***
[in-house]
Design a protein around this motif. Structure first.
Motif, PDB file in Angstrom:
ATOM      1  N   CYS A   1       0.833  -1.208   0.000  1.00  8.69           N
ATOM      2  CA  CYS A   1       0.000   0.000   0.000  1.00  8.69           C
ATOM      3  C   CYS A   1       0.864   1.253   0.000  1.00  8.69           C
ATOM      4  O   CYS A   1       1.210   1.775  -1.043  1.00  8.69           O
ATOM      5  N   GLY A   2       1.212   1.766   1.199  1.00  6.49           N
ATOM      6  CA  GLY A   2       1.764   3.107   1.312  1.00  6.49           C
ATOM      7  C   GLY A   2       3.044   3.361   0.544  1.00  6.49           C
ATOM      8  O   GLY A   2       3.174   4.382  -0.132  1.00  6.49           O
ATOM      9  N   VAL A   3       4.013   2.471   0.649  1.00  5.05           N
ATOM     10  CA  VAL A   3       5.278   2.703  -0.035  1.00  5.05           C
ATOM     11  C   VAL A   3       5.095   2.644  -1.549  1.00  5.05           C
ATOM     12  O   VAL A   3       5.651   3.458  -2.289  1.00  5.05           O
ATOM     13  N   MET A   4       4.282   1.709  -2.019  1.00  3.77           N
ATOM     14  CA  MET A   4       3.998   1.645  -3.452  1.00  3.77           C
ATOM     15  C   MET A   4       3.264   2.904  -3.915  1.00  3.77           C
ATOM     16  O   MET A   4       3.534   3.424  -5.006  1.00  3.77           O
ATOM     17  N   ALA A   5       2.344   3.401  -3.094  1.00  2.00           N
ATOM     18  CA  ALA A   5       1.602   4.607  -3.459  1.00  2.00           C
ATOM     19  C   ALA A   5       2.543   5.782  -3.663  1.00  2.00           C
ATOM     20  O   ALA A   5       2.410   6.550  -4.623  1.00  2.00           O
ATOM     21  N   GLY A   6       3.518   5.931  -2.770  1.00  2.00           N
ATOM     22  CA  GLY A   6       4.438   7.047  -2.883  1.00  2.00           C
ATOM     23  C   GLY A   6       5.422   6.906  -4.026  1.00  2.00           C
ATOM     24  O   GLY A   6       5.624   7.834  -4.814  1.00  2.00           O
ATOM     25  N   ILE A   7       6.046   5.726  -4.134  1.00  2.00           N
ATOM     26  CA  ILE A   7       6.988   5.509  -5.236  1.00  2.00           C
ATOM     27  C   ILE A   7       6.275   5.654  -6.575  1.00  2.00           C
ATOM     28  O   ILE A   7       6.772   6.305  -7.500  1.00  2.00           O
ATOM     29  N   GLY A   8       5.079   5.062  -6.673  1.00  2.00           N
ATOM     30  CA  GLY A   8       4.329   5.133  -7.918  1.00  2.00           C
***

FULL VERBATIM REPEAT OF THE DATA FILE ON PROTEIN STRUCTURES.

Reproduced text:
[in-house]
Design a protein around this motif. Structure first.
Motif, PDB file in Angstrom:
ATOM      1  N   CYS A   1       0.833  -1.208   0.000  1.00  8.69           N
ATOM      2  CA  CYS A   1       0.000   0.000   0.000  1.00  8.69           C
ATOM      3  C   CYS A   1       0.864   1.253   0.000  1.00  8.69           C
ATOM      4  O   CYS A   1       1.210   1.775  -1.043  1.00  8.69           O
ATOM      5  N   GLY A   2       1.212   1.766   1.199  1.00  6.49           N
ATOM      6  CA  GLY A   2       1.764   3.107   1.312  1.00  6.49           C
ATOM      7  C   GLY A   2       3.044   3.361   0.544  1.00  6.49           C
ATOM      8  O   GLY A   2       3.174   4.382  -0.132  1.00  6.49           O
ATOM      9  N   VAL A   3       4.013   2.471   0.649  1.00  5.05           N
ATOM     10  CA  VAL A   3       5.278   2.703  -0.035  1.00  5.05           C
ATOM     11  C   VAL A   3       5.095   2.644  -1.549  1.00  5.05           C
ATOM     12  O   VAL A   3       5.651   3.458  -2.289  1.00  5.05           O
ATOM     13  N   MET A   4       4.282   1.709  -2.019  1.00  3.77           N
ATOM     14  CA  MET A   4       3.998   1.645  -3.452  1.00  3.77           C
ATOM     15  C   MET A   4       3.264   2.904  -3.915  1.00  3.77           C
ATOM     16  O   MET A   4       3.534   3.424  -5.006  1.00  3.77           O
ATOM     17  N   ALA A   5       2.344   3.401  -3.094  1.00  2.00           N
ATOM     18  CA  ALA A   5       1.602   4.607  -3.459  1.00  2.00           C
ATOM     19  C   ALA A   5       2.543   5.782  -3.663  1.00  2.00           C
ATOM     20  O   ALA A   5       2.410   6.550  -4.623  1.00  2.00           O
ATOM     21  N   GLY A   6       3.518   5.931  -2.770  1.00  2.00           N
ATOM     22  CA  GLY A   6       4.438   7.047  -2.883  1.00  2.00           C
ATOM     23  C   GLY A   6       5.422   6.906  -4.026  1.00  2.00           C
ATOM     24  O   GLY A   6       5.624   7.834  -4.814  1.00  2.00           O
ATOM     25  N   ILE A   7       6.046   5.726  -4.134  1.00  2.00           N
ATOM     26  CA  ILE A   7       6.988   5.509  -5.236  1.00  2.00           C
ATOM     27  C   ILE A   7       6.275   5.654  -6.575  1.00  2.00           C
ATOM     28  O   ILE A   7       6.772   6.305  -7.500  1.00  2.00           O
ATOM     29  N   GLY A   8       5.079   5.062  -6.673  1.00  2.00           N
ATOM     30  CA  GLY A   8       4.329   5.133  -7.918  1.00  2.00           C